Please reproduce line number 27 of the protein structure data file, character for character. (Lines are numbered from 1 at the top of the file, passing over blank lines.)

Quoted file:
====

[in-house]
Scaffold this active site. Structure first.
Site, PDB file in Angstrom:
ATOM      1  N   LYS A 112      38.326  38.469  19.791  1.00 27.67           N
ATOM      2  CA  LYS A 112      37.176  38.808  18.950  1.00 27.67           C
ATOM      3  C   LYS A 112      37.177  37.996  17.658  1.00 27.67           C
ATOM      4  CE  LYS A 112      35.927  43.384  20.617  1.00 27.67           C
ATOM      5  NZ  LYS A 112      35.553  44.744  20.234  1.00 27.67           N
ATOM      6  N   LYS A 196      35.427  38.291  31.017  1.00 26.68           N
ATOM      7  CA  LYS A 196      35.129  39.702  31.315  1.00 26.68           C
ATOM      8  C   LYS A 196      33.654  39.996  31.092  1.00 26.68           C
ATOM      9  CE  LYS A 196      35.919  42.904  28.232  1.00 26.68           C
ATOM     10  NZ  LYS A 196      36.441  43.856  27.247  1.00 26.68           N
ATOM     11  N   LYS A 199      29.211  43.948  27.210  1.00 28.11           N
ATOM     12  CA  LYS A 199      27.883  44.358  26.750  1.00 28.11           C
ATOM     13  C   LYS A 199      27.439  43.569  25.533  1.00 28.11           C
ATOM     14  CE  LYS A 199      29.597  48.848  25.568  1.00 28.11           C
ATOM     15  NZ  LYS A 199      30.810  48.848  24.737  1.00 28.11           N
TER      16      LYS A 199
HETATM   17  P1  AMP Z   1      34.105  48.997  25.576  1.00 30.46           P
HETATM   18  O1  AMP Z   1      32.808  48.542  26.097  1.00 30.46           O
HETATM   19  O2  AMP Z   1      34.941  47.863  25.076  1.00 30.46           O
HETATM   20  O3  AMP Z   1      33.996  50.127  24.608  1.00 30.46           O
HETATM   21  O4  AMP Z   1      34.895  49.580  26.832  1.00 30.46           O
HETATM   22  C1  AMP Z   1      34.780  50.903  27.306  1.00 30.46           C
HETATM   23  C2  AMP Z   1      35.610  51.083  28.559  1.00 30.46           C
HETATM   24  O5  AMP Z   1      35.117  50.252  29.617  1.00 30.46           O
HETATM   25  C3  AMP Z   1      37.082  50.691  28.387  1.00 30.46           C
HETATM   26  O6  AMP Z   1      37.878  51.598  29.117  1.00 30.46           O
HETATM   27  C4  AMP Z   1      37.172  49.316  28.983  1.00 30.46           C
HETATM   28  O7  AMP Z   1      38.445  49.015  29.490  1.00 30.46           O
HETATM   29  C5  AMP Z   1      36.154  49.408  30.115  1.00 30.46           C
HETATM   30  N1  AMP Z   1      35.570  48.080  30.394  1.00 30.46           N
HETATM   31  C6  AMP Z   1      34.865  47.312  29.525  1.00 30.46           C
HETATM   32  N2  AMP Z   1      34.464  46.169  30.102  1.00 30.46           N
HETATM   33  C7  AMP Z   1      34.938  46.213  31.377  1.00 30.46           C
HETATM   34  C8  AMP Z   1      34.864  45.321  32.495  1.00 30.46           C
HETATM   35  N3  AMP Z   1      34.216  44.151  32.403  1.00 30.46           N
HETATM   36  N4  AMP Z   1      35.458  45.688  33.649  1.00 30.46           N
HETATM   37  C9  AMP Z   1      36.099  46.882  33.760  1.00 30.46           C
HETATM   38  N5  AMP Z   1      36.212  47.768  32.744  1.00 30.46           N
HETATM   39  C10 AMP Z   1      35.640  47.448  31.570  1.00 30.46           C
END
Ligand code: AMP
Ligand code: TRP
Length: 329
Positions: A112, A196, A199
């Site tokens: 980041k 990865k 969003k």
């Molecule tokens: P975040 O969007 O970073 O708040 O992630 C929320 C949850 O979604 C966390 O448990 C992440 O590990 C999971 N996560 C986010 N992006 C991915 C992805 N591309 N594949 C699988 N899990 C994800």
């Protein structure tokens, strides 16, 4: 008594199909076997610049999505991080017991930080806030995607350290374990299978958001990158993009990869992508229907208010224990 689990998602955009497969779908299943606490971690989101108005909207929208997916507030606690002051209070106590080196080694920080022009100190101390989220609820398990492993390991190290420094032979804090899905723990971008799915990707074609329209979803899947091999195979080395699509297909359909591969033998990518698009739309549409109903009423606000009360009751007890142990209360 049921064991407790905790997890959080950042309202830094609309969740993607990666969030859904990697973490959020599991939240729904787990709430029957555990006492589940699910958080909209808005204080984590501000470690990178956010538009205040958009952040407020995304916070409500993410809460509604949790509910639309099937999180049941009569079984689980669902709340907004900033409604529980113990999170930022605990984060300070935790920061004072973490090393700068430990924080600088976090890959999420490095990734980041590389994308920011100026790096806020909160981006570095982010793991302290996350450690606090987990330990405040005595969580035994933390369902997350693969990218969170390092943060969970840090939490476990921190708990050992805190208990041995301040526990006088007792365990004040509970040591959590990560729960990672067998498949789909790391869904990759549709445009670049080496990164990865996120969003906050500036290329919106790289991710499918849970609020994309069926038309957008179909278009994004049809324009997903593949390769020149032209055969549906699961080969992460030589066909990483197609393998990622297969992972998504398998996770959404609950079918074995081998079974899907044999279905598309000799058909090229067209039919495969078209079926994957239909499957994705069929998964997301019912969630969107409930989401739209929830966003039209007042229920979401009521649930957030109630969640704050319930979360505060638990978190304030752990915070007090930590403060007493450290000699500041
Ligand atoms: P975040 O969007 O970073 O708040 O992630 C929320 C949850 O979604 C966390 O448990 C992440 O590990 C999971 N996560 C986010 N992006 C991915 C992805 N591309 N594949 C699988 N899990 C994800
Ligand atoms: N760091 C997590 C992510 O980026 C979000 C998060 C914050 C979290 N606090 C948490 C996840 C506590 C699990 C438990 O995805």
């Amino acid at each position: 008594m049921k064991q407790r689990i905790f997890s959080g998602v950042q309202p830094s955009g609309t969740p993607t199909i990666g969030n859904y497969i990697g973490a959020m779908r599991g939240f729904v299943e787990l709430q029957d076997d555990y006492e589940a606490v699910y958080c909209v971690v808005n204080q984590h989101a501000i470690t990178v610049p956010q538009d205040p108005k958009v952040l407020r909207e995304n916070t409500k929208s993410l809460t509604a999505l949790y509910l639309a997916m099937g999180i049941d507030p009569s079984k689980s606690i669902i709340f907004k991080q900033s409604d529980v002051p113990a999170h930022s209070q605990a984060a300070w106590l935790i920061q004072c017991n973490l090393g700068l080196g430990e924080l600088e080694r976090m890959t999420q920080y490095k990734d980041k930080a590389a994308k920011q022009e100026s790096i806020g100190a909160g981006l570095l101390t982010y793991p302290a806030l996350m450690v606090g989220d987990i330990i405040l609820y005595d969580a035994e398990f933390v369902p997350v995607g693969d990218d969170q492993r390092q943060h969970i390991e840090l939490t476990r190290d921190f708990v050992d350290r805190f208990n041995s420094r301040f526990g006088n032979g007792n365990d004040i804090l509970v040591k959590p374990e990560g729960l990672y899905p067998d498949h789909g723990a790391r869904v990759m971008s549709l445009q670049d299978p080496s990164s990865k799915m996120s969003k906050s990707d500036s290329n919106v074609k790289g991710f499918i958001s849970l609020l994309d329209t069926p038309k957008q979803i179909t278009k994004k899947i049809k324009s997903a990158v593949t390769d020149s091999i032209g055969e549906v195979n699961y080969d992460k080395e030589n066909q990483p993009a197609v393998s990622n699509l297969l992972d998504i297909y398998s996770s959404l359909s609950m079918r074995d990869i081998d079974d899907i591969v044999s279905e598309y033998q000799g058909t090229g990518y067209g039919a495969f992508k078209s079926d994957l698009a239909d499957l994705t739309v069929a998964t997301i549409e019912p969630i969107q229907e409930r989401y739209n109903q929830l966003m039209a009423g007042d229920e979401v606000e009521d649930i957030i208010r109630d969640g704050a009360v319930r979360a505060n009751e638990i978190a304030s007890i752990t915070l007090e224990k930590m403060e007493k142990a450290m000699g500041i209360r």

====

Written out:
HETATM   24  O5  AMP Z   1      35.117  50.252  29.617  1.00 30.46           O